Energy+ Partnership Establishes Agreements to Scale Up Sustainable Energy in Africa
July 02 2012

Among all the noise and commitments (or lack of) coming out of Rio, an announcement by the Government of Norway, in partnership with Ethiopia, Kenya and Liberia, is worth highlighting. As part of its contribution to the Energy+ Partnership it established in October 2011, Norway is to enter into three bilateral agreements to scale up access to sustainable energy in Ethiopia's rural areas, replace kerosene lamps with solar alternatives in Kenya, and support Liberia's development of a strategic energy and climate plan, with a major emphasis on ‘payment by results’.

This means that the bulk of the $140m of Norwegian funding will be tied to the delivery of verifiable results over a five year period, with an emphasis on the use of ‘results-based financing’ for in-country delivery. The support will be provided in three phases, initially for preparatory activities (where needed), then for the delivery of outputs (such as implementation of a new policy, or an incentive scheme in place), and eventually for outcomes (such as number of households with improved access to energy, or an increase in renewable energy output).

Hans Olav Ibrekk, Policy Director for Energy+, had this to say on arriving back in Oslo: “This announcement by Norway is ambitious in both substance and scale and will help put some wind into the sails of Energy+, which we hope will encourage other donors to step forward. Our vision is for a true partnership at the country level, with funding linked to on-the-ground results.”

Titled to draw parallels to REDD+, which involved payments for reduced deforestation in major forest countries, Energy+ is intended to help implement the UN Secretary General’s Sustainable Energy for All initiative covering energy access, renewable energy and energy efficiency. With one eye on the design of future climate finance mechanisms, including the Green Climate Fund, Energy+ proposes taking a sectoral approach to the delivery of climate finance and to applying payment by results at scale.

Payment by results is relatively untested in the energy and development space, so Energy+ is potentially a big deal. It is attractive to donor countries because it enables them to better justify the use of taxpayers’ $/€/£/¥ (or kr in this case) for international development by showing a clear linkage between inputs and results. But it is also attractive to developing countries because it enables them to determine how best to deliver the pre-agreed results as opposed to implementing a program specified by the donor partner (in some cases, the key enabling factor may be implementation of a new law rather than additional funding).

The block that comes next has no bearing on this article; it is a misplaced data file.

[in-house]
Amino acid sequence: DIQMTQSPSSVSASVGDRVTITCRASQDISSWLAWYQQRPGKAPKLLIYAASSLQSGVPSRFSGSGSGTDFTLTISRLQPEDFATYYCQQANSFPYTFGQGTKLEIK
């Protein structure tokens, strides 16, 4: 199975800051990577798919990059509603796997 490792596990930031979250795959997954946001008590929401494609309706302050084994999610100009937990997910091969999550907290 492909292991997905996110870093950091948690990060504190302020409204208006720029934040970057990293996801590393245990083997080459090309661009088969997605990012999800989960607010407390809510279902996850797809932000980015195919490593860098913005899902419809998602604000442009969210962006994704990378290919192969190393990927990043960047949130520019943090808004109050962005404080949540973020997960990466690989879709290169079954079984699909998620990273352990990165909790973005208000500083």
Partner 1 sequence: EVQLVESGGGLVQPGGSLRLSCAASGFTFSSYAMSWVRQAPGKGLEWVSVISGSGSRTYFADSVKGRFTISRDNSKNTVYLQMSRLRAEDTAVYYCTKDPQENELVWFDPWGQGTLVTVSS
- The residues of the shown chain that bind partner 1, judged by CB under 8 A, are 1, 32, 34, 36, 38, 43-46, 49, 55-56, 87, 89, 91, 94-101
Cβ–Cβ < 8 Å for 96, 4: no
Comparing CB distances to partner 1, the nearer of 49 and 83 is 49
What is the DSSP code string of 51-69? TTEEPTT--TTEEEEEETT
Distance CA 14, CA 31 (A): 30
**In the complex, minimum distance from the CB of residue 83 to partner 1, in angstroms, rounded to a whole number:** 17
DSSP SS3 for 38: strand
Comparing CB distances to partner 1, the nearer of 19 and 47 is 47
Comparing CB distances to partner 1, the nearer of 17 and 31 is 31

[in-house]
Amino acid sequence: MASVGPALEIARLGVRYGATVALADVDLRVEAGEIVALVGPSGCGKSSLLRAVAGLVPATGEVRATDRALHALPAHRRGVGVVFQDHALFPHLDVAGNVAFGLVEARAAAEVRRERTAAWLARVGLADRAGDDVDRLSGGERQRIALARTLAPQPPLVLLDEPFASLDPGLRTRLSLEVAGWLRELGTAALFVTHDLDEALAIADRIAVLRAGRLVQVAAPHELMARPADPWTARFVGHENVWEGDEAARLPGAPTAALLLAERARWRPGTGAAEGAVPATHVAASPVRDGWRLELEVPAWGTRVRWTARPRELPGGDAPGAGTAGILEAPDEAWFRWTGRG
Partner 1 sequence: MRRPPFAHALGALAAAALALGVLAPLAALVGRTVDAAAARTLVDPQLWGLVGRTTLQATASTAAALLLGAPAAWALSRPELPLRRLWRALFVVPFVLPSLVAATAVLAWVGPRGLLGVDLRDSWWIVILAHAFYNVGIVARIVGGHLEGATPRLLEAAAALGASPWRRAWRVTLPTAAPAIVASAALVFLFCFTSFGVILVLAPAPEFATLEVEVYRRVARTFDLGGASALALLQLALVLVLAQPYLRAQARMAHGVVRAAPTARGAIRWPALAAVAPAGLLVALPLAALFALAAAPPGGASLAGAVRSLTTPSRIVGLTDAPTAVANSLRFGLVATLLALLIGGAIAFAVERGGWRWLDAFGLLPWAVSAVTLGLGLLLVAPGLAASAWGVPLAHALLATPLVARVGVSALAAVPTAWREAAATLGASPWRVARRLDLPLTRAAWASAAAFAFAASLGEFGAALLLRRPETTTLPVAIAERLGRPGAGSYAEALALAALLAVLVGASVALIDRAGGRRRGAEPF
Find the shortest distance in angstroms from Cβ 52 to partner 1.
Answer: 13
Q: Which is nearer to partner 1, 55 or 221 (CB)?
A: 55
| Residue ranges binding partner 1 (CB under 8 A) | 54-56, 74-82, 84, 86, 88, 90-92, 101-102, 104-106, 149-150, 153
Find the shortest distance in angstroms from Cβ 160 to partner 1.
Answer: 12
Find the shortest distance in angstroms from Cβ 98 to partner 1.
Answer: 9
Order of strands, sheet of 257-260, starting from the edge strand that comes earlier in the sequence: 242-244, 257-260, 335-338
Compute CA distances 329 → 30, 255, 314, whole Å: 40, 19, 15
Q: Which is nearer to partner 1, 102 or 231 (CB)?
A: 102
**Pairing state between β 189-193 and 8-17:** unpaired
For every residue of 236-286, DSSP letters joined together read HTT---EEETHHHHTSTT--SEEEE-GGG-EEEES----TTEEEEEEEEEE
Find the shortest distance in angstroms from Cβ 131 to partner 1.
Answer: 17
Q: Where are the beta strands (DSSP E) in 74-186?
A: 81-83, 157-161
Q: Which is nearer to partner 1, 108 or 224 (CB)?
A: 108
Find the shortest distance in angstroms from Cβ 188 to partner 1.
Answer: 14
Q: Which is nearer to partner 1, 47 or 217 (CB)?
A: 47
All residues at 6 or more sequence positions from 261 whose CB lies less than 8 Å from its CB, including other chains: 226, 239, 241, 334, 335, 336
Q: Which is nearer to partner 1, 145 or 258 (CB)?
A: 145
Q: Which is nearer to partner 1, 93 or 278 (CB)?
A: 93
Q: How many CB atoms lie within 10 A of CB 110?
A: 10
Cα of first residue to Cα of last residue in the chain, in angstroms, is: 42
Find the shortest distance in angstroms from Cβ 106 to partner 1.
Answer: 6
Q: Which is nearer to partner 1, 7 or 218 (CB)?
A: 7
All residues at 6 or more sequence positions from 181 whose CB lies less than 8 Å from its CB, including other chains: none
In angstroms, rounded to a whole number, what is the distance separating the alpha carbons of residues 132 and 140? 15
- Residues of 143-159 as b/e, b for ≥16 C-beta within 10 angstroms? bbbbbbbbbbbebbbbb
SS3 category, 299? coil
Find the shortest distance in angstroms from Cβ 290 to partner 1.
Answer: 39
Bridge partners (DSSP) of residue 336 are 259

All this is not without challenges and risks. Coming up with indicators for measuring progress (and thereby making payments) is harder than it sounds. For example, what level of improvement in energy access should be targeted (basic lighting, an advanced cookstove, or both?), and how can this be easily assessed without creating huge transaction costs? And how does one account for an increase in renewable energy generation (let alone avoided carbon emissions) when a country, such as Ethiopia, was already planning to generate all their future electricity from hydropower, geothermal and wind? But aside from the accounting, there is the challenge of pre-financing (would governments have to divert resources from other priorities in the short term?), and significant risks associated with political stability (would payments continue to flow if concerns emerged over human rights?) and unintended consequences.

And yet there is something instinctively appealing about payment by results that is likely to increase interest from both developed and developing countries. While the World Bank does not have the flexibility of a bilateral donor, results-based approaches are nevertheless being adopted, with the recently-approved Program-for-Results lending instrument as a good example. The key challenge now for the energy sector is to try out these new approaches, learn when they do and do not make sense, and take the successful examples to scale.